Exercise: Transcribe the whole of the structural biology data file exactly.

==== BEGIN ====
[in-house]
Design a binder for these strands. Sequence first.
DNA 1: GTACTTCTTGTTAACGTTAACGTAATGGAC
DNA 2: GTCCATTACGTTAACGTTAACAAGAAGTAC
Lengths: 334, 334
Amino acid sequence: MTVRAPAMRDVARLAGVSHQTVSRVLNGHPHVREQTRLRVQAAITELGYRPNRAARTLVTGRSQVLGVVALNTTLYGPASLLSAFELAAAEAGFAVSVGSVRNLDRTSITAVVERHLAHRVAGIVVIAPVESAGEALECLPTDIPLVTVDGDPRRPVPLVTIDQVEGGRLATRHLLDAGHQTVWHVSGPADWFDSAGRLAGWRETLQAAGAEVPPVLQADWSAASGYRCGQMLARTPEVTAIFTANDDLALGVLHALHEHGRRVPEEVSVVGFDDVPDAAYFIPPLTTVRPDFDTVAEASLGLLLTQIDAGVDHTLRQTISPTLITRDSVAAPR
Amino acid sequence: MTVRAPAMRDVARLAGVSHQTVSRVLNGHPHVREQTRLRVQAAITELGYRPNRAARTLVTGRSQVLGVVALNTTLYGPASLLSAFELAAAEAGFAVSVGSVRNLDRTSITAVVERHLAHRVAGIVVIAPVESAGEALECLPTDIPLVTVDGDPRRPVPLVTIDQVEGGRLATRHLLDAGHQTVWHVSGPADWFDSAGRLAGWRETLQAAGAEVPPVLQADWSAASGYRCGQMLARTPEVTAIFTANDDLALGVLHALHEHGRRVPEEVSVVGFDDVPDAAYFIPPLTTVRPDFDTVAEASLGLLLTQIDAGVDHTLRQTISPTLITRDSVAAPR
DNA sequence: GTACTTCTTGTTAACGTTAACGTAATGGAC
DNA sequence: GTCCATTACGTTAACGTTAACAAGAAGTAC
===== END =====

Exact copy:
[in-house]
Design a binder for these strands. Sequence first.
DNA 1: GTACTTCTTGTTAACGTTAACGTAATGGAC
DNA 2: GTCCATTACGTTAACGTTAACAAGAAGTAC
Lengths: 334, 334
Amino acid sequence: MTVRAPAMRDVARLAGVSHQTVSRVLNGHPHVREQTRLRVQAAITELGYRPNRAARTLVTGRSQVLGVVALNTTLYGPASLLSAFELAAAEAGFAVSVGSVRNLDRTSITAVVERHLAHRVAGIVVIAPVESAGEALECLPTDIPLVTVDGDPRRPVPLVTIDQVEGGRLATRHLLDAGHQTVWHVSGPADWFDSAGRLAGWRETLQAAGAEVPPVLQADWSAASGYRCGQMLARTPEVTAIFTANDDLALGVLHALHEHGRRVPEEVSVVGFDDVPDAAYFIPPLTTVRPDFDTVAEASLGLLLTQIDAGVDHTLRQTISPTLITRDSVAAPR
Amino acid sequence: MTVRAPAMRDVARLAGVSHQTVSRVLNGHPHVREQTRLRVQAAITELGYRPNRAARTLVTGRSQVLGVVALNTTLYGPASLLSAFELAAAEAGFAVSVGSVRNLDRTSITAVVERHLAHRVAGIVVIAPVESAGEALECLPTDIPLVTVDGDPRRPVPLVTIDQVEGGRLATRHLLDAGHQTVWHVSGPADWFDSAGRLAGWRETLQAAGAEVPPVLQADWSAASGYRCGQMLARTPEVTAIFTANDDLALGVLHALHEHGRRVPEEVSVVGFDDVPDAAYFIPPLTTVRPDFDTVAEASLGLLLTQIDAGVDHTLRQTISPTLITRDSVAAPR
DNA sequence: GTACTTCTTGTTAACGTTAACGTAATGGAC
DNA sequence: GTCCATTACGTTAACGTTAACAAGAAGTAC